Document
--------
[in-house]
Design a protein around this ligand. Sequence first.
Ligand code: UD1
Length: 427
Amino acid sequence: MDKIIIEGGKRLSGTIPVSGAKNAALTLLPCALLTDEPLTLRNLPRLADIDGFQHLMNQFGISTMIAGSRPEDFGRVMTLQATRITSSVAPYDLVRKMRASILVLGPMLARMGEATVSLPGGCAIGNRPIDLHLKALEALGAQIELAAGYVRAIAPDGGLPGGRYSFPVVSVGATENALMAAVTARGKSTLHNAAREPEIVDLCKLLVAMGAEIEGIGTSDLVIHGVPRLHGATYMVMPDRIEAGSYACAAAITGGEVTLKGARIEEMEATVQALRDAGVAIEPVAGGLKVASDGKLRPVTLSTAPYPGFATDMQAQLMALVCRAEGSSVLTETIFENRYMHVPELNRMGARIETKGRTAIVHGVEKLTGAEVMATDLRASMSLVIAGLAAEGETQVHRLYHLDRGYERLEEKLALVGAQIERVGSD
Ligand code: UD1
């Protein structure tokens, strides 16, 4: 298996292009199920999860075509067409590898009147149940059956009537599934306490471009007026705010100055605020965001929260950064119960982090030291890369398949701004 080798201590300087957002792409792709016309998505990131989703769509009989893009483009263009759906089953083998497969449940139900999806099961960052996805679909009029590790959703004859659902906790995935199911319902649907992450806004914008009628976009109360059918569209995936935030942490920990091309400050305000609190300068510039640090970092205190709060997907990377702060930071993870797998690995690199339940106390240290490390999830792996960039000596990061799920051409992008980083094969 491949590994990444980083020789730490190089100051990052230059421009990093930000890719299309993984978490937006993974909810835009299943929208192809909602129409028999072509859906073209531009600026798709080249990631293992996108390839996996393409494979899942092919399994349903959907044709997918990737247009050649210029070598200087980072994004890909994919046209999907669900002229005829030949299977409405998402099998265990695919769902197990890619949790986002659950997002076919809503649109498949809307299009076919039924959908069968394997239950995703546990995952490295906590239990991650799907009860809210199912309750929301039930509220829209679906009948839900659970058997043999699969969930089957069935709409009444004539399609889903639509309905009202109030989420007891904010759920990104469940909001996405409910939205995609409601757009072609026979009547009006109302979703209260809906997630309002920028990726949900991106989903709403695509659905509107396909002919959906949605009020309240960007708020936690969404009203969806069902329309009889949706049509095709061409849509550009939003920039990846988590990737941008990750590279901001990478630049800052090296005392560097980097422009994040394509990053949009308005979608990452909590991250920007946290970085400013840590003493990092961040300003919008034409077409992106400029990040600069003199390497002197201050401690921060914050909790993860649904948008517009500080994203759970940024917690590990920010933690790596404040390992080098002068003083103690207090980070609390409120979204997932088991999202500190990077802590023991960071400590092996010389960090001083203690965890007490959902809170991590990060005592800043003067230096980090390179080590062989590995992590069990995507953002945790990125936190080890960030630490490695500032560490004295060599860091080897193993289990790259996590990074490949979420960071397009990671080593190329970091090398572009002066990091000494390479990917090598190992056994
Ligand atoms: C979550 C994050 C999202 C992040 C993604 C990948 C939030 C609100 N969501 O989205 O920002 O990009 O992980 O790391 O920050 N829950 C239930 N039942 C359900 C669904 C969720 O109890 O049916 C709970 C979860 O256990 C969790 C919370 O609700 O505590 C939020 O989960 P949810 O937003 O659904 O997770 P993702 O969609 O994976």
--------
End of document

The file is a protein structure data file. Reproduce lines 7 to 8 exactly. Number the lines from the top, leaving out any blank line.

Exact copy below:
């Protein structure tokens, strides 16, 4: 298996292009199920999860075509067409590898009147149940059956009537599934306490471009007026705010100055605020965001929260950064119960982090030291890369398949701004 080798201590300087957002792409792709016309998505990131989703769509009989893009483009263009759906089953083998497969449940139900999806099961960052996805679909009029590790959703004859659902906790995935199911319902649907992450806004914008009628976009109360059918569209995936935030942490920990091309400050305000609190300068510039640090970092205190709060997907990377702060930071993870797998690995690199339940106390240290490390999830792996960039000596990061799920051409992008980083094969 491949590994990444980083020789730490190089100051990052230059421009990093930000890719299309993984978490937006993974909810835009299943929208192809909602129409028999072509859906073209531009600026798709080249990631293992996108390839996996393409494979899942092919399994349903959907044709997918990737247009050649210029070598200087980072994004890909994919046209999907669900002229005829030949299977409405998402099998265990695919769902197990890619949790986002659950997002076919809503649109498949809307299009076919039924959908069968394997239950995703546990995952490295906590239990991650799907009860809210199912309750929301039930509220829209679906009948839900659970058997043999699969969930089957069935709409009444004539399609889903639509309905009202109030989420007891904010759920990104469940909001996405409910939205995609409601757009072609026979009547009006109302979703209260809906997630309002920028990726949900991106989903709403695509659905509107396909002919959906949605009020309240960007708020936690969404009203969806069902329309009889949706049509095709061409849509550009939003920039990846988590990737941008990750590279901001990478630049800052090296005392560097980097422009994040394509990053949009308005979608990452909590991250920007946290970085400013840590003493990092961040300003919008034409077409992106400029990040600069003199390497002197201050401690921060914050909790993860649904948008517009500080994203759970940024917690590990920010933690790596404040390992080098002068003083103690207090980070609390409120979204997932088991999202500190990077802590023991960071400590092996010389960090001083203690965890007490959902809170991590990060005592800043003067230096980090390179080590062989590995992590069990995507953002945790990125936190080890960030630490490695500032560490004295060599860091080897193993289990790259996590990074490949979420960071397009990671080593190329970091090398572009002066990091000494390479990917090598190992056994
Ligand atoms: C979550 C994050 C999202 C992040 C993604 C990948 C939030 C609100 N969501 O989205 O920002 O990009 O992980 O790391 O920050 N829950 C239930 N039942 C359900 C669904 C969720 O109890 O049916 C709970 C979860 O256990 C969790 C919370 O609700 O505590 C939020 O989960 P949810 O937003 O659904 O997770 P993702 O969609 O994976």